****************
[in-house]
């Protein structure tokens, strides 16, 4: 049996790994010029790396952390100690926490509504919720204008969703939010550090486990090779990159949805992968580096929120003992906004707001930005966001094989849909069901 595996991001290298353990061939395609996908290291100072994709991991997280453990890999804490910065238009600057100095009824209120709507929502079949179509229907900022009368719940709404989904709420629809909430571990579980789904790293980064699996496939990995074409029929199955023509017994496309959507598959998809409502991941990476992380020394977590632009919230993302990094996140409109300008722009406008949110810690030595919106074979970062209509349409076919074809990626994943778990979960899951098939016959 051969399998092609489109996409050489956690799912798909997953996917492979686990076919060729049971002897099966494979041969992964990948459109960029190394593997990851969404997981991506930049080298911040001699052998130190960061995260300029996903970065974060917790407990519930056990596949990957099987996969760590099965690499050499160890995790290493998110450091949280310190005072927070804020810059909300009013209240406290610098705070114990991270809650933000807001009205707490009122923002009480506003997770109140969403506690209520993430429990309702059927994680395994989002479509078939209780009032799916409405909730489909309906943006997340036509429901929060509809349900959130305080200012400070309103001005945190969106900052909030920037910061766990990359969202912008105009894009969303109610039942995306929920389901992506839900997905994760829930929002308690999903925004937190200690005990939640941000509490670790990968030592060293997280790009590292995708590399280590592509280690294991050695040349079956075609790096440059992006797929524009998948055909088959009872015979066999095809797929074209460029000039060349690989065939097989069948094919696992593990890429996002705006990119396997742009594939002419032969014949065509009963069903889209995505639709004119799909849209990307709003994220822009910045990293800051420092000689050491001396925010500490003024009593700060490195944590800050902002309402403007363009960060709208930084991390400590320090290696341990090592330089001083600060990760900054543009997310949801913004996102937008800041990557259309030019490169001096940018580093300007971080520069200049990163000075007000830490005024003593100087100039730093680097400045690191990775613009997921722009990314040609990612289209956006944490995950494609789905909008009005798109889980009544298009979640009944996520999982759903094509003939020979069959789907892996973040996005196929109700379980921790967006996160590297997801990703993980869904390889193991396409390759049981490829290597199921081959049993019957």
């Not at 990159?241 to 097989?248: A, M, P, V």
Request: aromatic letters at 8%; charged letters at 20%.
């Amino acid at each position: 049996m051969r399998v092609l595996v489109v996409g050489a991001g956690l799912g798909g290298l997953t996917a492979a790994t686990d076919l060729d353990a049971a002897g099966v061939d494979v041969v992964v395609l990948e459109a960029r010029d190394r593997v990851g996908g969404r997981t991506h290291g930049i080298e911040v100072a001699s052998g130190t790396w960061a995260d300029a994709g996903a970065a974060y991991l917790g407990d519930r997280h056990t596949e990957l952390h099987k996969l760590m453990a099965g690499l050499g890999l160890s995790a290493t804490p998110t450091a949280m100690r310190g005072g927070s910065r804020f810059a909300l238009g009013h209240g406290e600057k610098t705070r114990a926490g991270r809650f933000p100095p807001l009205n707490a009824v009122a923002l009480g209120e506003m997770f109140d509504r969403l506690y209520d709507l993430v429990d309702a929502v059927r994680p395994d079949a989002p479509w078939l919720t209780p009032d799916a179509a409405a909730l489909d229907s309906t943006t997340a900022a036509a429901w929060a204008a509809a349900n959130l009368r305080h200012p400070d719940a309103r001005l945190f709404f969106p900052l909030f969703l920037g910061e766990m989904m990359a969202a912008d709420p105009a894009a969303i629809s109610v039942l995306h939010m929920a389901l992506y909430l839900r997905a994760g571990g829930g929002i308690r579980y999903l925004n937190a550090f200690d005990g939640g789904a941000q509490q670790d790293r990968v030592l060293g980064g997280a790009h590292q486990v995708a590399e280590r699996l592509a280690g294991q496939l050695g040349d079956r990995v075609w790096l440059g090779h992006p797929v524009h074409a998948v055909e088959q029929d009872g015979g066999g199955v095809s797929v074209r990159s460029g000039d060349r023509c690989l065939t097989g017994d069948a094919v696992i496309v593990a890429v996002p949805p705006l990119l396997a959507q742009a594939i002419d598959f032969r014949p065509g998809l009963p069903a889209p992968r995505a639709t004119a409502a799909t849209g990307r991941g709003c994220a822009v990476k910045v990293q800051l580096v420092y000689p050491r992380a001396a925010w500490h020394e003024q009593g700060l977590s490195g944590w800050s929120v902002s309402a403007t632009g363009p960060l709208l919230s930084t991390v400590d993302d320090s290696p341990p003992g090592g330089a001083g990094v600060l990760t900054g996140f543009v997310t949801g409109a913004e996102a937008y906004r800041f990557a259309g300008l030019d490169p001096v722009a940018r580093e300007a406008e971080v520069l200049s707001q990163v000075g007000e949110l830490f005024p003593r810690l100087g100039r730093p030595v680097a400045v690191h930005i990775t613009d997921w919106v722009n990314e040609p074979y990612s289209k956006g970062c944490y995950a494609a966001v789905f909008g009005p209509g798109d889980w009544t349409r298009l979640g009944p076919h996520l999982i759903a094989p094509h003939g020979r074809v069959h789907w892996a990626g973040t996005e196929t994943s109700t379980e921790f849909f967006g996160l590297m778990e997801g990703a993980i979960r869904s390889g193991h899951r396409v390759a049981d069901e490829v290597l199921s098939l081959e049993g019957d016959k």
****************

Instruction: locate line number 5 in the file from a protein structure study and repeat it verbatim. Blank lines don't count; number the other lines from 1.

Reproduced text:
């Amino acid at each position: 049996m051969r399998v092609l595996v489109v996409g050489a991001g956690l799912g798909g290298l997953t996917a492979a790994t686990d076919l060729d353990a049971a002897g099966v061939d494979v041969v992964v395609l990948e459109a960029r010029d190394r593997v990851g996908g969404r997981t991506h290291g930049i080298e911040v100072a001699s052998g130190t790396w960061a995260d300029a994709g996903a970065a974060y991991l917790g407990d519930r997280h056990t596949e990957l952390h099987k996969l760590m453990a099965g690499l050499g890999l160890s995790a290493t804490p998110t450091a949280m100690r310190g005072g927070s910065r804020f810059a909300l238009g009013h209240g406290e600057k610098t705070r114990a926490g991270r809650f933000p100095p807001l009205n707490a009824v009122a923002l009480g209120e506003m997770f109140d509504r969403l506690y209520d709507l993430v429990d309702a929502v059927r994680p395994d079949a989002p479509w078939l919720t209780p009032d799916a179509a409405a909730l489909d229907s309906t943006t997340a900022a036509a429901w929060a204008a509809a349900n959130l009368r305080h200012p400070d719940a309103r001005l945190f709404f969106p900052l909030f969703l920037g910061e766990m989904m990359a969202a912008d709420p105009a894009a969303i629809s109610v039942l995306h939010m929920a389901l992506y909430l839900r997905a994760g571990g829930g929002i308690r579980y999903l925004n937190a550090f200690d005990g939640g789904a941000q509490q670790d790293r990968v030592l060293g980064g997280a790009h590292q486990v995708a590399e280590r699996l592509a280690g294991q496939l050695g040349d079956r990995v075609w790096l440059g090779h992006p797929v524009h074409a998948v055909e088959q029929d009872g015979g066999g199955v095809s797929v074209r990159s460029g000039d060349r023509c690989l065939t097989g017994d069948a094919v696992i496309v593990a890429v996002p949805p705006l990119l396997a959507q742009a594939i002419d598959f032969r014949p065509g998809l009963p069903a889209p992968r995505a639709t004119a409502a799909t849209g990307r991941g709003c994220a822009v990476k910045v990293q800051l580096v420092y000689p050491r992380a001396a925010w500490h020394e003024q009593g700060l977590s490195g944590w800050s929120v902002s309402a403007t632009g363009p960060l709208l919230s930084t991390v400590d993302d320090s290696p341990p003992g090592g330089a001083g990094v600060l990760t900054g996140f543009v997310t949801g409109a913004e996102a937008y906004r800041f990557a259309g300008l030019d490169p001096v722009a940018r580093e300007a406008e971080v520069l200049s707001q990163v000075g007000e949110l830490f005024p003593r810690l100087g100039r730093p030595v680097a400045v690191h930005i990775t613009d997921w919106v722009n990314e040609p074979y990612s289209k956006g970062c944490y995950a494609a966001v789905f909008g009005p209509g798109d889980w009544t349409r298009l979640g009944p076919h996520l999982i759903a094989p094509h003939g020979r074809v069959h789907w892996a990626g973040t996005e196929t994943s109700t379980e921790f849909f967006g996160l590297m778990e997801g990703a993980i979960r869904s390889g193991h899951r396409v390759a049981d069901e490829v290597l199921s098939l081959e049993g019957d016959k």